P&G sells a product under the Downy brand that provides
nations like China and India:
long-lasting scent benefits to clothes, using microcapsules.
For and amongst consumers. Bruce Brown used this In markets like the Philippines, this technology allows P&G
phrase to describe how P&G will achieve its stated goal of to bring scent benefits to consumers who can’t afford
serving five billion consumers by the year 2015 (an increase higher-end perfumes.
of 800 million from today). Brown described how localizing
Reframe. Henretta noted how important reframing was
research activities is a key component of that strategy.
to manage many of the challenges inherent in mastering
The Red Dot. A*STAR Managing Director Low Teck Seng innovation in today’s economy. She emphasized the
used that phrase to describe how Singapore appears on a importance of having on-the-ground research and deep
map. He described how the country’s small size allowed it cultural understanding. To be successful, she said, “You
to be more nimble, reminding the audience that sometimes have to make sure your workforce reflects the consumers
constraints can foster innovation. you are going to serve.”
Florence. P&G R&D VP for Asia Maurizio Marchesini noted
similarities between Singapore and Florence during the
Italian Renaissance, with free-flowing ideas and disciplines
colliding. He noted that solving tough problems requires
this kind of interdisciplinary co-location where people work How to
together in new ways. determine
the fit
Simplifying technology and new business models.
Those are the two ingredients Shamik Dasgupta, the
new
regional head of Medtronic’s Cardiac Rhythm Management market
business unit, described as vital for driving disruptive
growth in markets like India and China.
Nonconsumption. National University of Singapore
Professor C.C. Hang used that term to answer the question jobs-to-be business
of where there are the greatest opportunities for disruptive done model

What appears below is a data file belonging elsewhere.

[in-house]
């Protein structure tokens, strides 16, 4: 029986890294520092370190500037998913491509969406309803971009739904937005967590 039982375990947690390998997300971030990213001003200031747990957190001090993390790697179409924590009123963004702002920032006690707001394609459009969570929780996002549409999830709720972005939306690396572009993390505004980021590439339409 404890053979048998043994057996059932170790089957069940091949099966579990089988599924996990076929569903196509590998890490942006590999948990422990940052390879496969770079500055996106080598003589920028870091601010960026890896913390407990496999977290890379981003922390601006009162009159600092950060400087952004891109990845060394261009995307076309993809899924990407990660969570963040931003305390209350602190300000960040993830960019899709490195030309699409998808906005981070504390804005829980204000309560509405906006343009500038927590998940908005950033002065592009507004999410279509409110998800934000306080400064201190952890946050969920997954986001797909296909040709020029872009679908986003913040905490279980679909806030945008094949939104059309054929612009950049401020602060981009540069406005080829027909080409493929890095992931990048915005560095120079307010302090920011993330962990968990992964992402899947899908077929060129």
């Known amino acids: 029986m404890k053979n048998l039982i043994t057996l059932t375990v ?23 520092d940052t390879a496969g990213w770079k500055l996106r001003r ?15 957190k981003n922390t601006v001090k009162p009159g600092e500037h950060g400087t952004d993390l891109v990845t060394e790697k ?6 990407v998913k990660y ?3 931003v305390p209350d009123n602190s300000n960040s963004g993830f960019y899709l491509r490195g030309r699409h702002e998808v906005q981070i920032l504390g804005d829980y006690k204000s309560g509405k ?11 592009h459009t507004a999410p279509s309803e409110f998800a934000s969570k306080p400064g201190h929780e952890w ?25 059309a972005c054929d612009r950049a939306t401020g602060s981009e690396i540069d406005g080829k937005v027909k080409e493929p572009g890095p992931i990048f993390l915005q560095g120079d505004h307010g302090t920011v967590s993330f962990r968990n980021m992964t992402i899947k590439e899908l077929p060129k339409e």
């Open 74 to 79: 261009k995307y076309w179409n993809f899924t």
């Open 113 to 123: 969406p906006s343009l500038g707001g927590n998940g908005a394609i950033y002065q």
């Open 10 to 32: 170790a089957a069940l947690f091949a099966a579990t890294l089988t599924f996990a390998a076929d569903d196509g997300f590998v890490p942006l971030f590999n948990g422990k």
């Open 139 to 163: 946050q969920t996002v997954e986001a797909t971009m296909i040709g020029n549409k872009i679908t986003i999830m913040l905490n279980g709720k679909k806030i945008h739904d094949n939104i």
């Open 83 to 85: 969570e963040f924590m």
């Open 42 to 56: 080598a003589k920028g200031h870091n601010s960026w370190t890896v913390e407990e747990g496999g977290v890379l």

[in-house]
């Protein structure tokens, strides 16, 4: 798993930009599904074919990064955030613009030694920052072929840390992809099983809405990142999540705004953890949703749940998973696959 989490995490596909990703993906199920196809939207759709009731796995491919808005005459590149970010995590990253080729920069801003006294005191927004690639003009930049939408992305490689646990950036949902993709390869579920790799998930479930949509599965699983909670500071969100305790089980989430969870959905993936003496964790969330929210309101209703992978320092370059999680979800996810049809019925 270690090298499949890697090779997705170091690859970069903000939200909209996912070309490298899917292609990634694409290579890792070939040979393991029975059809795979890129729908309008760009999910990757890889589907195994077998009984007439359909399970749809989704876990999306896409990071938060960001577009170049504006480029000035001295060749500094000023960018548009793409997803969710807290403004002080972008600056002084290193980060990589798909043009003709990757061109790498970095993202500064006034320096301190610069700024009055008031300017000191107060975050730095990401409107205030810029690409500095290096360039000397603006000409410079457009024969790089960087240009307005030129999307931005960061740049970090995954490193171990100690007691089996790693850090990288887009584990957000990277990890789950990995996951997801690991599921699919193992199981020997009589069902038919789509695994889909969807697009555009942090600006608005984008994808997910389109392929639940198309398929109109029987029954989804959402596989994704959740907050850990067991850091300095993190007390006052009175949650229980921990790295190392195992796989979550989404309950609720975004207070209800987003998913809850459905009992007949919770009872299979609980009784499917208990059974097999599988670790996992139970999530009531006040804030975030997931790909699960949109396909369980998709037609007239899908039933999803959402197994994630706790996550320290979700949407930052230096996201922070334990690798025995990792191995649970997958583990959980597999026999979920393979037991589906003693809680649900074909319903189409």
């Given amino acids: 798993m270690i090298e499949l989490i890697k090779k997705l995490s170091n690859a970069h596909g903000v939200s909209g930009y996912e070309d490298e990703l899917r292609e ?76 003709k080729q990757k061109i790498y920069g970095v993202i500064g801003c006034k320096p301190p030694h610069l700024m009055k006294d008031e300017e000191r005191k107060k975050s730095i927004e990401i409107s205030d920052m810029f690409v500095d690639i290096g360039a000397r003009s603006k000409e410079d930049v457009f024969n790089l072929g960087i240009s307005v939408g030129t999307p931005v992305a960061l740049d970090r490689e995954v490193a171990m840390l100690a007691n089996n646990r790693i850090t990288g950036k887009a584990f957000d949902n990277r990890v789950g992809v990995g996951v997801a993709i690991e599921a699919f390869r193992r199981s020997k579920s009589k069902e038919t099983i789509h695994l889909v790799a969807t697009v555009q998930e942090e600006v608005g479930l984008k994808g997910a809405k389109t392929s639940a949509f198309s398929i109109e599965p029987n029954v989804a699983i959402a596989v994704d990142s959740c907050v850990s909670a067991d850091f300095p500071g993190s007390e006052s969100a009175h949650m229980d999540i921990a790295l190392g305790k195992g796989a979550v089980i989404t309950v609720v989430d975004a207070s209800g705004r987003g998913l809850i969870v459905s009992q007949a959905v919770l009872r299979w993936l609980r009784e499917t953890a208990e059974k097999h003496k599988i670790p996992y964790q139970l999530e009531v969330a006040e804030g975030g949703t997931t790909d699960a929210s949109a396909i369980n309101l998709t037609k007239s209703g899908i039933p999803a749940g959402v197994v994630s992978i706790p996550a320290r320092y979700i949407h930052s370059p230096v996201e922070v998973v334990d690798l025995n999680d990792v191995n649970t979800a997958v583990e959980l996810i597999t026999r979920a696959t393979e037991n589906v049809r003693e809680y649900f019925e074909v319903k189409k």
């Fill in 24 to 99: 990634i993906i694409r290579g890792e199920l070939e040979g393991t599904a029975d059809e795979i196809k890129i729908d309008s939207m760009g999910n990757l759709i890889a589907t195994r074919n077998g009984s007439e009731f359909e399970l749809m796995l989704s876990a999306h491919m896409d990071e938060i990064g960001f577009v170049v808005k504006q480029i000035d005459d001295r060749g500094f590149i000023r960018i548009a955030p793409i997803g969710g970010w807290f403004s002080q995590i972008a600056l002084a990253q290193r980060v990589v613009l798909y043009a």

growth in Asia. He noted how there were more than 20
million electric bikes sold in China in 2010, many of them to
women or other nontraditional vehicle purchasers.
As common as possible, as different as needed. current
That’s how Deb Henretta, the head of P&G’s Asia business, market
described how she thought about approaching Asian
markets. She pointed out some of the real differences
between consumers in different markets. For example,
“beauty” means fair skin to many Asian consumers and
Singapore: The Innovation Gateway
In a recent survey, the World Bank ranked Singapore This emphasis on innovation and capital-intensive activi-
as the world’s easiest place to do business. This ranking ties and a globalised workforce has made Singapore the
reflects Singapore’s ongoing commitment to create the best place where Chinese and Indian companies can interna-
environment to help companies leverage talent and innova- tionalize, where American and European companies make
tion to bring new products and services to the global market. their entries into Asia, and where views on the future of this
dynamic and fast-evolving region can be forged.
Singapore is a leading provider of services such as interna-
tional banking, trade finance, maritime finance, insurance, Companies with international headquarters in Singapore
treasury operations, and asset and wealth management benefit from an international network of over 50 compre-
within the region. It is the fourth-largest foreign exchange hensive Double Taxation Avoidance Agreements. And
trading centre in the world. companies can always rely on protection of their ideas and
innovations through Singapore’s rigorous enforcement of its